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Drew Lecher


April 7, 2009 at 6:32 PM

What to know and how to practice. 

1. Identify/Know every:

• Note

• Hand Group

• Position

• Shift's Guide Note/Finger (always shift with 1st finger to new position, both on the last string played and on the 'new' string when there is a change of string). Additionally, practice the same shifting of position with the 'new' finger when there is a change of finger.

• Rhythmic Pattern

• Bow Stroke (direction) for String Crossing and identify Rhythmic Placement (where in the rhythmic pattern the string crossing occurs).

2. Developing passages and dealing with problems: Identify > Fix > Repair > Learn > MASTER:-)

• ONE note at a time.

• Then 2 notes.

• Then 3 notes.

• Then exit out of section.

• Then work into section.

• Then combine.

Think through every move, flowing into and out of each note, having no hesitations mentally of physically—absolute clarity of thought and ease of action combined.

• Then increase speed gradually—initially use small incremental increases and varied rhythmic patterns.

• Rhythmic patterns are to be done in shifts, as well. Hear, feel and see every shift as smooth as silk.

Commit all to memory during the above process, not just the 'tune' or sound of it, but ALL OF IT.

Sounds like a lot to do only because it is. This kind of work will become second nature in a relatively short period of time. 

Have fun and enjoy the progress.

Have fun learning it incredibly well.

God bless,


Author of

"Violin Technique: The Manual, How to master" 

"Viola Technique: The Manual, How to master"

From al ku
Posted on April 8, 2009 at 10:55 AM

drew, you are so methodical i bet you can teach my kid golf right now even without knowing much about it!:)

is there any different/special tech during this kind of shift, say, from fourth finger (pinkie) on first position to land on first finger on 7th position.  how do you "guide"?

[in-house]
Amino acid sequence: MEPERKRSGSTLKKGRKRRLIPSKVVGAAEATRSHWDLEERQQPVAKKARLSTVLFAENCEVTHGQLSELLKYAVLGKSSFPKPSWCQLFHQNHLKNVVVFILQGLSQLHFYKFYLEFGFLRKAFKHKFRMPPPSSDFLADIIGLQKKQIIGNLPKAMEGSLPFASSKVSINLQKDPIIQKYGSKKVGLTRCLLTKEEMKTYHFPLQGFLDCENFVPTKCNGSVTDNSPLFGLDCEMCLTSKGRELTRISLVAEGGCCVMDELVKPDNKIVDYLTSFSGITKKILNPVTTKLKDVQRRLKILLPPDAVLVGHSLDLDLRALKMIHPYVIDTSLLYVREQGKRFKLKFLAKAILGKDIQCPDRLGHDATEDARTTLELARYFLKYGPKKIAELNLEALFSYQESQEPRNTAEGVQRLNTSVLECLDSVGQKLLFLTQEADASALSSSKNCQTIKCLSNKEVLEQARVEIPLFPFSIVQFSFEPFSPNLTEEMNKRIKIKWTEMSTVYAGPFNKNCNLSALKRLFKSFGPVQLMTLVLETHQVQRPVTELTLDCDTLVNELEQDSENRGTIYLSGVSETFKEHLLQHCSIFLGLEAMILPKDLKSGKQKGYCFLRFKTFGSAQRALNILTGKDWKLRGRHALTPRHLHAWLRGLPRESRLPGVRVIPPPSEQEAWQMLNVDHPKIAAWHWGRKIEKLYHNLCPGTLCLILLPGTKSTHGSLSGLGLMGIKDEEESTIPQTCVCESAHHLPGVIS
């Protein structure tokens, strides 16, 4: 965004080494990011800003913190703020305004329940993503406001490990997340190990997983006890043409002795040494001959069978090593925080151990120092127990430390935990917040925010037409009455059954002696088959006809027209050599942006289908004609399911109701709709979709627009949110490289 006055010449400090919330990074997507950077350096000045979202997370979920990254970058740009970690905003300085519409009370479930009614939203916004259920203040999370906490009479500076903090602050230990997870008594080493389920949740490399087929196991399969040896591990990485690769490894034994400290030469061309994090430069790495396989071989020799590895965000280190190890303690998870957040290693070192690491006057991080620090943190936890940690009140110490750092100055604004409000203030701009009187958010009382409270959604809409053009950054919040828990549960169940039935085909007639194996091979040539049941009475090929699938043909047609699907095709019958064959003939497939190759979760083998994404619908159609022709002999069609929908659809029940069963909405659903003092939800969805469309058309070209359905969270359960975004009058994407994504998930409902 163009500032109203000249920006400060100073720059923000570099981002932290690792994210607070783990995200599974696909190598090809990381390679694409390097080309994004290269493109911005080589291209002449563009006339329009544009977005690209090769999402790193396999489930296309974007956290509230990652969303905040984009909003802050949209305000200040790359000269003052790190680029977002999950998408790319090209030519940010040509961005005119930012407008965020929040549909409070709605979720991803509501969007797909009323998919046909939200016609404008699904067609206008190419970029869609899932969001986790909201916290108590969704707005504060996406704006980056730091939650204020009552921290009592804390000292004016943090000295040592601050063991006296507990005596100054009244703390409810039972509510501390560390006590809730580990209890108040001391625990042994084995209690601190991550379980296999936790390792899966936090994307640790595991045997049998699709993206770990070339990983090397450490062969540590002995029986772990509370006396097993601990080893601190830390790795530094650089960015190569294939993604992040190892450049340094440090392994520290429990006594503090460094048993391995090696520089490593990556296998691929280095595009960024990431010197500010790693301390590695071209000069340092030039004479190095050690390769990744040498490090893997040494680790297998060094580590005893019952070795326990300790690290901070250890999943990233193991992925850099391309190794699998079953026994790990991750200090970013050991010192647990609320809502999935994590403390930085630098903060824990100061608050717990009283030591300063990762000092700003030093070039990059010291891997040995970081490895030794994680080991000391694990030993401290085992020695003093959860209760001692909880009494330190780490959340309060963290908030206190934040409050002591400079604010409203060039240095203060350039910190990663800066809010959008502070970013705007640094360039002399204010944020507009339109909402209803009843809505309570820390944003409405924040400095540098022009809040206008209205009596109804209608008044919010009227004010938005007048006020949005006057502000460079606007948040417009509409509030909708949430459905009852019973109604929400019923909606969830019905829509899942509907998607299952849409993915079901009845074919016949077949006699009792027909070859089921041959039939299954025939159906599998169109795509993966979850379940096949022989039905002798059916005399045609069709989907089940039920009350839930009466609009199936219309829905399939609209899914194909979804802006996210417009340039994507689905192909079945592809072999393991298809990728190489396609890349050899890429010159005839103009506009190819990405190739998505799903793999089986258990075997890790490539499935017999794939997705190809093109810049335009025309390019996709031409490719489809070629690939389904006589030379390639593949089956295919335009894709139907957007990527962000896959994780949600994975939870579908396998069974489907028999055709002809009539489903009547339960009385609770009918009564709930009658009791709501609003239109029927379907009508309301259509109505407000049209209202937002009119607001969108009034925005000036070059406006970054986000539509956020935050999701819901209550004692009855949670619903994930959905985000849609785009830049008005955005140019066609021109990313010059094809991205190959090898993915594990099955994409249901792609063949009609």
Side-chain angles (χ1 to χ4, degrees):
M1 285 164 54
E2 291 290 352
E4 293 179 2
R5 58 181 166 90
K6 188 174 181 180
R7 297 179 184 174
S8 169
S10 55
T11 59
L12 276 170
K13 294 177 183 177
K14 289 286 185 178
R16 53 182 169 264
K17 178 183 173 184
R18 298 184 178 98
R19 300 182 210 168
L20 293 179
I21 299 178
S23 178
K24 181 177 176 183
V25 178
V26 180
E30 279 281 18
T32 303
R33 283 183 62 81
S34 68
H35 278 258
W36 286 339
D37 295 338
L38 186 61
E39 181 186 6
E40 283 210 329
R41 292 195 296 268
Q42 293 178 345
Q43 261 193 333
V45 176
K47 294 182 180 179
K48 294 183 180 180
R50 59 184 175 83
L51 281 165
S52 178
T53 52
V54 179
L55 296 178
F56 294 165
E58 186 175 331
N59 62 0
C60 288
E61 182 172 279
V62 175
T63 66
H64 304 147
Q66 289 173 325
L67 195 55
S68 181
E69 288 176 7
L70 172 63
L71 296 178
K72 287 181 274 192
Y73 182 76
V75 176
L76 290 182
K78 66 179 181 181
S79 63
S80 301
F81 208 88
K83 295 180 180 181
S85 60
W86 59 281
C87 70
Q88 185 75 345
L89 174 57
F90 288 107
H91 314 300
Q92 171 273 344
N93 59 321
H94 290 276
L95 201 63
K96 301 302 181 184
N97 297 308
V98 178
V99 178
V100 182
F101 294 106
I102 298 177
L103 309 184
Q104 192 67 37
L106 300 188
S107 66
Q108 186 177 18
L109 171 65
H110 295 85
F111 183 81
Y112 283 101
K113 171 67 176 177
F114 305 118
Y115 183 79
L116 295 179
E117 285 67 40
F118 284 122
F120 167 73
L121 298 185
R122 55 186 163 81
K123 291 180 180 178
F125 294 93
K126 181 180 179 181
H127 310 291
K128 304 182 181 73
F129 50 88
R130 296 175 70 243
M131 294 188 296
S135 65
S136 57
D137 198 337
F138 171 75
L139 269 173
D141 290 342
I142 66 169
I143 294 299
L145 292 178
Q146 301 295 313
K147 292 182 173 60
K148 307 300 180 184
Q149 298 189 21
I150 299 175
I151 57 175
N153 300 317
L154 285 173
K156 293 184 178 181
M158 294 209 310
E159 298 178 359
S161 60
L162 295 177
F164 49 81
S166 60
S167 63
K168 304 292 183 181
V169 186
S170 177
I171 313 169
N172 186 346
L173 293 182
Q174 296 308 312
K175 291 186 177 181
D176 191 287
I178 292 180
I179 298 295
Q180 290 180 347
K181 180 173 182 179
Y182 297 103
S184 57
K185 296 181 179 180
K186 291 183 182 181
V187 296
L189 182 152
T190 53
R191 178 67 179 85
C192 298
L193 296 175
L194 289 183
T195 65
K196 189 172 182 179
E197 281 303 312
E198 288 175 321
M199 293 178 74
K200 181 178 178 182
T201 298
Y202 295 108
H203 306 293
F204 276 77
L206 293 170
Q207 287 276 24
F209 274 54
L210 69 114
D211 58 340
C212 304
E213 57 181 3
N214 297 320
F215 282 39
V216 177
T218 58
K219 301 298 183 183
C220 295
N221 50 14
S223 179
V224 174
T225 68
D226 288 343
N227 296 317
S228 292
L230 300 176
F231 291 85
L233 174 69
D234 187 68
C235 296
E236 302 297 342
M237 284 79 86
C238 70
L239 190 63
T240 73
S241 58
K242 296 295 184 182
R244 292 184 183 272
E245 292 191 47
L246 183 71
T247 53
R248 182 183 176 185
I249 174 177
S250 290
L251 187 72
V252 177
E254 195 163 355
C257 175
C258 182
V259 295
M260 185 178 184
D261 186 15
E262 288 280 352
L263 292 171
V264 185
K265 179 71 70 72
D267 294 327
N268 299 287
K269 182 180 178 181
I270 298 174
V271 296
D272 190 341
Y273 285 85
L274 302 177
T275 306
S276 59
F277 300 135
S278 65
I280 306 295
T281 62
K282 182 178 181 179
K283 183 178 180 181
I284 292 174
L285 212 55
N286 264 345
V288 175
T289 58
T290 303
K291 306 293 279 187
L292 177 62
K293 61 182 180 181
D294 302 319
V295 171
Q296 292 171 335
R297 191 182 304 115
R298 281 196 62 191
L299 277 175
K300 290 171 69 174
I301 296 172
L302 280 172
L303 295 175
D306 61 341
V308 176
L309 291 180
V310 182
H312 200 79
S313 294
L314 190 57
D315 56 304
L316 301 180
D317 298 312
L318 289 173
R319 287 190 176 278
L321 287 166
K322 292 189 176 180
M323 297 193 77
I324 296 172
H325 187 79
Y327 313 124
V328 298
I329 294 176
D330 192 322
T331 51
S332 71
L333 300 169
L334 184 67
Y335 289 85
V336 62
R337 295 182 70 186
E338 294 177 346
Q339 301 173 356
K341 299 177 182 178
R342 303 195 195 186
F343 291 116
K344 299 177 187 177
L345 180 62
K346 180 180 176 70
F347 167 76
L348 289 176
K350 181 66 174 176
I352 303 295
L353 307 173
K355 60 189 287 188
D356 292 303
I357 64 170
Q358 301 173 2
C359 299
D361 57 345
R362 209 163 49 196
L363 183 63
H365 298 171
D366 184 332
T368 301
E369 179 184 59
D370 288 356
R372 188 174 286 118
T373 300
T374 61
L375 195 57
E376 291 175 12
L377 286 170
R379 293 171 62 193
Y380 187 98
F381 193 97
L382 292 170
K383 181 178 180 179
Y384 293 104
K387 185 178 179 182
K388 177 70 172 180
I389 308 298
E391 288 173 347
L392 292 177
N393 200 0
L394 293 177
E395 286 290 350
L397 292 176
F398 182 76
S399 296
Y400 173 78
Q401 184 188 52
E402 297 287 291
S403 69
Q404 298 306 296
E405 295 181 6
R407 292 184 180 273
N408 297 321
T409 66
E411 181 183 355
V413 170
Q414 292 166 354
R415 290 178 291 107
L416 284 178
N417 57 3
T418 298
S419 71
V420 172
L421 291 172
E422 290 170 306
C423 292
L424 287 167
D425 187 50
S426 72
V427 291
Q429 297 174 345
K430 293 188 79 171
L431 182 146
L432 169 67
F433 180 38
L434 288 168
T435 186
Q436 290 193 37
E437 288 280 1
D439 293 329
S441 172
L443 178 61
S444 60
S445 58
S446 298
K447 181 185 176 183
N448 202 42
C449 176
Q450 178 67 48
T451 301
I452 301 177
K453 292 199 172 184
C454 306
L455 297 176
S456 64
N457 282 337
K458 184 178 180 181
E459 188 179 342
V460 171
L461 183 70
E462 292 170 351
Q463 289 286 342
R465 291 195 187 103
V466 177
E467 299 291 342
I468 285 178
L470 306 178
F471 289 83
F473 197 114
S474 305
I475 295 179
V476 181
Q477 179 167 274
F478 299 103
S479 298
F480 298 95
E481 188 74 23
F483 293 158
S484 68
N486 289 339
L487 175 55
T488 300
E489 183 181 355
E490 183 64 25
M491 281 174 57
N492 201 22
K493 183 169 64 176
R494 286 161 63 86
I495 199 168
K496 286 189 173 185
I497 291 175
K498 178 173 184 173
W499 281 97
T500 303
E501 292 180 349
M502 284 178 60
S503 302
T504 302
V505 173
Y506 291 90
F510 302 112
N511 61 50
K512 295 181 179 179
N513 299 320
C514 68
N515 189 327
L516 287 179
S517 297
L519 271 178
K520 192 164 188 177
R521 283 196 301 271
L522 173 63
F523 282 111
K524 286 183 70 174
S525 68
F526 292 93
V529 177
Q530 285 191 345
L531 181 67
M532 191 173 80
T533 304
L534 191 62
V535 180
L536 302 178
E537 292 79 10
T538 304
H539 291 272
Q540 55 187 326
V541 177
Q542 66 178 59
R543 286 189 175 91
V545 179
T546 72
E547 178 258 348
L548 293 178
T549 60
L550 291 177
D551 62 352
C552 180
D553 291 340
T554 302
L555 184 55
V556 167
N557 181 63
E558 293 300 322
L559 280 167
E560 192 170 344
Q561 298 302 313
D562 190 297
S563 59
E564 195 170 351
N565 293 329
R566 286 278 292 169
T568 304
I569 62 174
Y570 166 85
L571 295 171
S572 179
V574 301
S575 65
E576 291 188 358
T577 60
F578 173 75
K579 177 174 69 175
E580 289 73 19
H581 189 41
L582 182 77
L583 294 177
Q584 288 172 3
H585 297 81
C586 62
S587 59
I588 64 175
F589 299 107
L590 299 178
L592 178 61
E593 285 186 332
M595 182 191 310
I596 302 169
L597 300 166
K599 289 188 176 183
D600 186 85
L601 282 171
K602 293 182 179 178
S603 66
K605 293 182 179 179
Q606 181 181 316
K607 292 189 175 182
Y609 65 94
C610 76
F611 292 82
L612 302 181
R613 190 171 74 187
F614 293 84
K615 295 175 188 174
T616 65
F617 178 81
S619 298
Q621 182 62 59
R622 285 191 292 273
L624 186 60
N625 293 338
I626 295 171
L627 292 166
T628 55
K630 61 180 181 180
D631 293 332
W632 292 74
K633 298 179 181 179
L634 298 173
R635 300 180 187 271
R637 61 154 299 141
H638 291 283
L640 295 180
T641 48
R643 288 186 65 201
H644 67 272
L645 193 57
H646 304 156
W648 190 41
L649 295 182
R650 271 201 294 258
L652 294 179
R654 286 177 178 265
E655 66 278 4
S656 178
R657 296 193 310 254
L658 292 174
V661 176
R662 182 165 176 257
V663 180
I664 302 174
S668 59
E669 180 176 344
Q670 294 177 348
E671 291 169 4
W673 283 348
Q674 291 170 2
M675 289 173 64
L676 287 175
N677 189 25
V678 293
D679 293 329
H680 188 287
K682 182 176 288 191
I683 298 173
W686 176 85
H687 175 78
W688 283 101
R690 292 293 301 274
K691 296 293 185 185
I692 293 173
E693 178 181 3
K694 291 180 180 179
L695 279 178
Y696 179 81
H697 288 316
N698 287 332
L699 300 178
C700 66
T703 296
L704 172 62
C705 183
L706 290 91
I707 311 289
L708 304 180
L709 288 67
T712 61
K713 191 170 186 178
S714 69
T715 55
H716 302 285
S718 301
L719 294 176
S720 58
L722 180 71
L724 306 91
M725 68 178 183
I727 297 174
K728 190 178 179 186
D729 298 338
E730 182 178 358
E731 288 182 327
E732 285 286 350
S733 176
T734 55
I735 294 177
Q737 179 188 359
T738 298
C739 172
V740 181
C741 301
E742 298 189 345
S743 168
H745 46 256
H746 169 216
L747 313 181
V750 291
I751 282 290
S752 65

From Ray Randall
Posted on April 8, 2009 at 3:02 PM

Excellent advice, Drew. It brings order from chaos.

From Drew Lecher
Posted on April 9, 2009 at 5:32 AM

AL, Golf—is that where they hit the little white ball real, real far and try and find the too little hole and speak in strange languages…upon missing. Mind you, the hole is the size of the Grand Canyon compared to half-steps in 15th position on the violin—even the viola.

<is there any different/special tech during this kind of shift, say, from fourth finger (pinkie) on first position to land on first finger on 7th position.  how do you "guide"?>

I assume you are on the same string—let’s say Eing.

1.    Play B4 and slide to A4—if difficult to hear, stay in 1st position and play B1 on Aing and A3 on Eing which sounds the m7th that will be shifted. It helps to use the Open A as a pedal tone.

2.    Then play the E1 while there, assuring the ratio of hand size is accurate. (It is good to play the other fingers as well, according to the key and/or passage—identify Hand Group.)

3.    Next, shift the F#1 to E1—again playing the other notes/fingers in both positions.

4.    Mix in a variety of rhythms with the notes in each position AND the shift—this is where most miss it.

5.    Shifts must be done smooth and slow, but then developed to smooth and very fast—absolutely no jerk and/or whiplash with start and finish on shifts (departures & arrivals, Ray is a master of those). Generally shifts are faster then the notes and smoothness enables us to hide them or show them to whatever degree we choose.

Having said all of this, open to page 22 and work the “8va Slides with H. G. Sequences.” Embellish this, as in #2-4, by starting in different positions and/or change the shifts’ interval, i.e., m7th as in the example above. See Shifts, pg xxvi, Shift/Full Shift, points 1-5.

Remember that a shift is being learned for thousands of applications.


Thanks Ray, as long as I don’t create chaos from order and confusion from clarity:-)


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